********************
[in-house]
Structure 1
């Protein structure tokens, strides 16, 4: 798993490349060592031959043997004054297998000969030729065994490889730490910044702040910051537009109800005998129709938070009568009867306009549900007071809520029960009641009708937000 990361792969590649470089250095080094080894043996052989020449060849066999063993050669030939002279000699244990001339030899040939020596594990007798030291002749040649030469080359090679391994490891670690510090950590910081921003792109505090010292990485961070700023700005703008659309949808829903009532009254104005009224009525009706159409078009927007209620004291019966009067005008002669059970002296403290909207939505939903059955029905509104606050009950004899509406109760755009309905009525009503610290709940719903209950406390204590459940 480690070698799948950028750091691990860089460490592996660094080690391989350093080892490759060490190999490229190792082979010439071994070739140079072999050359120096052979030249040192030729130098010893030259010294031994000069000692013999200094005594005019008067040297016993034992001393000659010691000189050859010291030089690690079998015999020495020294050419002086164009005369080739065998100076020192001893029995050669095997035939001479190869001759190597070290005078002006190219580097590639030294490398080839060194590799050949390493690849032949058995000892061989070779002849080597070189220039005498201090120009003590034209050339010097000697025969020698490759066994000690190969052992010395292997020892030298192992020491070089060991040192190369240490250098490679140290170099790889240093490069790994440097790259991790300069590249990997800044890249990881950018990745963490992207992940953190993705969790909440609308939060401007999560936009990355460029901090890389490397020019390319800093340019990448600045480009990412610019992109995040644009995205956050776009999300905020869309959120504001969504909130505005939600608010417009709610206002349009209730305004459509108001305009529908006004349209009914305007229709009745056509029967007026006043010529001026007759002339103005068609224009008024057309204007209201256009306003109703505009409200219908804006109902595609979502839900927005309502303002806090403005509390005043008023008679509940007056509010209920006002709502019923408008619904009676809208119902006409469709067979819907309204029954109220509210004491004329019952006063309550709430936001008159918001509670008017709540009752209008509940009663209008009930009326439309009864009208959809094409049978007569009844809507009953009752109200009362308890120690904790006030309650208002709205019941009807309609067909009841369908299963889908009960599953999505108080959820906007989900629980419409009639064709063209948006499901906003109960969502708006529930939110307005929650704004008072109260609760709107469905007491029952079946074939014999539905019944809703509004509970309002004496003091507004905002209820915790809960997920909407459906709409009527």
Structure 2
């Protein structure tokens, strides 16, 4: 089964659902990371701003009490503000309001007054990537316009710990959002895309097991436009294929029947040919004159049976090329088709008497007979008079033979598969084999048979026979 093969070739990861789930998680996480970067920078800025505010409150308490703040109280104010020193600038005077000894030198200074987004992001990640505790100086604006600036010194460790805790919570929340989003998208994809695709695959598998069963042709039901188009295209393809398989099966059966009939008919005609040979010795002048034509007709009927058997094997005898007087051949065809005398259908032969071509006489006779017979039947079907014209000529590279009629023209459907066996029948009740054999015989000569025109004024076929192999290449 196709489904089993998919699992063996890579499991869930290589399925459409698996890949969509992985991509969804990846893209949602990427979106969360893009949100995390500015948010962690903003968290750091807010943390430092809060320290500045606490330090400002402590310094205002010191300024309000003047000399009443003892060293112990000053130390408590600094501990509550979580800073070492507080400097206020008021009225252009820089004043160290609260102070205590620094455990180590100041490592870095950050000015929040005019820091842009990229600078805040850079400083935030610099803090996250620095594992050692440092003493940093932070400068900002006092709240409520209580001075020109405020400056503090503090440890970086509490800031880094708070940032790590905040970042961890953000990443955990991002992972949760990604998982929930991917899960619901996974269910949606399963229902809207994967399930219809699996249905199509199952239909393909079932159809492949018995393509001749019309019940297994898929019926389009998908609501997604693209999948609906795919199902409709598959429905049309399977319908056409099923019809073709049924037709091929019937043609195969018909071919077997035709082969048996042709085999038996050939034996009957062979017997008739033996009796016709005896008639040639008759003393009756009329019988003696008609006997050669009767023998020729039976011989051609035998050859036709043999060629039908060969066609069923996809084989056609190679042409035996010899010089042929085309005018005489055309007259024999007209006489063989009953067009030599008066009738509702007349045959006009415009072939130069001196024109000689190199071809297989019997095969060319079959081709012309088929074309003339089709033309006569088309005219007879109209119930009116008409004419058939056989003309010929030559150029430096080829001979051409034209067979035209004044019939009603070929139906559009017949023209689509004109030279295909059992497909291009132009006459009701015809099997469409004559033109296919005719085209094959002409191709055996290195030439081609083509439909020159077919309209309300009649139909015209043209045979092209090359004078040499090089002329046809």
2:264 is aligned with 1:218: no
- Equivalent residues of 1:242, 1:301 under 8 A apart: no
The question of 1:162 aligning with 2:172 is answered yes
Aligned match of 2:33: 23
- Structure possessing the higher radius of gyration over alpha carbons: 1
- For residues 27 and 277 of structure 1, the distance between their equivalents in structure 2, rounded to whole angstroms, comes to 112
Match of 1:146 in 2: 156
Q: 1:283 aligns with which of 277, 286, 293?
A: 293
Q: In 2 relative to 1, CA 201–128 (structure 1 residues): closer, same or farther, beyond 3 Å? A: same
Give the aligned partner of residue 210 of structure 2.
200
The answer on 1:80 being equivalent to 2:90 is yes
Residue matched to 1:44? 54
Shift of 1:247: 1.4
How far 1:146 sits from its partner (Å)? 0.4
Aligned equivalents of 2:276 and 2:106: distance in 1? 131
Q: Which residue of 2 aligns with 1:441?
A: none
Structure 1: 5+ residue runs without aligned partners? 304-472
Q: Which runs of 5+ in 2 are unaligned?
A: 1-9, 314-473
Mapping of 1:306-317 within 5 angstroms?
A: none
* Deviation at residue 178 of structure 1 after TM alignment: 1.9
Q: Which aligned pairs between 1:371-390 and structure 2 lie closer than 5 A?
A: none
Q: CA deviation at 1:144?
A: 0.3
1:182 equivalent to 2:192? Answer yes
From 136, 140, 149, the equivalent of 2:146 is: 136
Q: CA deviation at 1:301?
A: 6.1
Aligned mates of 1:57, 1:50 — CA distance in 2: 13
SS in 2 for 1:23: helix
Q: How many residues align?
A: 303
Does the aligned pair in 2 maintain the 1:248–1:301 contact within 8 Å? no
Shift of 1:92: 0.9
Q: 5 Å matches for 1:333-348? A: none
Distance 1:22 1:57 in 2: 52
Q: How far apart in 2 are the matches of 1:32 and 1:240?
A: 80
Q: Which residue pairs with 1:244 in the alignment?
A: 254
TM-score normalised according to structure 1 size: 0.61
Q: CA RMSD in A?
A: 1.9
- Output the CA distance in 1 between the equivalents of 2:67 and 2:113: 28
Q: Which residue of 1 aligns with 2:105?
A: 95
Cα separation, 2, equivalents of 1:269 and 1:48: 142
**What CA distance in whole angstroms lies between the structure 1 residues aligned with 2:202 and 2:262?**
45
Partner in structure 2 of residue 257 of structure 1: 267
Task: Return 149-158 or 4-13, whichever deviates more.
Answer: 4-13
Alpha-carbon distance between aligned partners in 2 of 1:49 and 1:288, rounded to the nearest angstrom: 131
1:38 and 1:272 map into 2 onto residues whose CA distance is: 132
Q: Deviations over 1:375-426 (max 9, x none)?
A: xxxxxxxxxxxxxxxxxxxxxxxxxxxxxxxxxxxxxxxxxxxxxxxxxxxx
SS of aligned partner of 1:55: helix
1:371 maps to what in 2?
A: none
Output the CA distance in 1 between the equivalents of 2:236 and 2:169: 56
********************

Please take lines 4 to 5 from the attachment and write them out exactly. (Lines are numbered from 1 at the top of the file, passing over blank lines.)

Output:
Structure 2
């Protein structure tokens, strides 16, 4: 089964659902990371701003009490503000309001007054990537316009710990959002895309097991436009294929029947040919004159049976090329088709008497007979008079033979598969084999048979026979 093969070739990861789930998680996480970067920078800025505010409150308490703040109280104010020193600038005077000894030198200074987004992001990640505790100086604006600036010194460790805790919570929340989003998208994809695709695959598998069963042709039901188009295209393809398989099966059966009939008919005609040979010795002048034509007709009927058997094997005898007087051949065809005398259908032969071509006489006779017979039947079907014209000529590279009629023209459907066996029948009740054999015989000569025109004024076929192999290449 196709489904089993998919699992063996890579499991869930290589399925459409698996890949969509992985991509969804990846893209949602990427979106969360893009949100995390500015948010962690903003968290750091807010943390430092809060320290500045606490330090400002402590310094205002010191300024309000003047000399009443003892060293112990000053130390408590600094501990509550979580800073070492507080400097206020008021009225252009820089004043160290609260102070205590620094455990180590100041490592870095950050000015929040005019820091842009990229600078805040850079400083935030610099803090996250620095594992050692440092003493940093932070400068900002006092709240409520209580001075020109405020400056503090503090440890970086509490800031880094708070940032790590905040970042961890953000990443955990991002992972949760990604998982929930991917899960619901996974269910949606399963229902809207994967399930219809699996249905199509199952239909393909079932159809492949018995393509001749019309019940297994898929019926389009998908609501997604693209999948609906795919199902409709598959429905049309399977319908056409099923019809073709049924037709091929019937043609195969018909071919077997035709082969048996042709085999038996050939034996009957062979017997008739033996009796016709005896008639040639008759003393009756009329019988003696008609006997050669009767023998020729039976011989051609035998050859036709043999060629039908060969066609069923996809084989056609190679042409035996010899010089042929085309005018005489055309007259024999007209006489063989009953067009030599008066009738509702007349045959006009415009072939130069001196024109000689190199071809297989019997095969060319079959081709012309088929074309003339089709033309006569088309005219007879109209119930009116008409004419058939056989003309010929030559150029430096080829001979051409034209067979035209004044019939009603070929139906559009017949023209689509004109030279295909059992497909291009132009006459009701015809099997469409004559033109296919005719085209094959002409191709055996290195030439081609083509439909020159077919309209309300009649139909015209043209045979092209090359004078040499090089002329046809």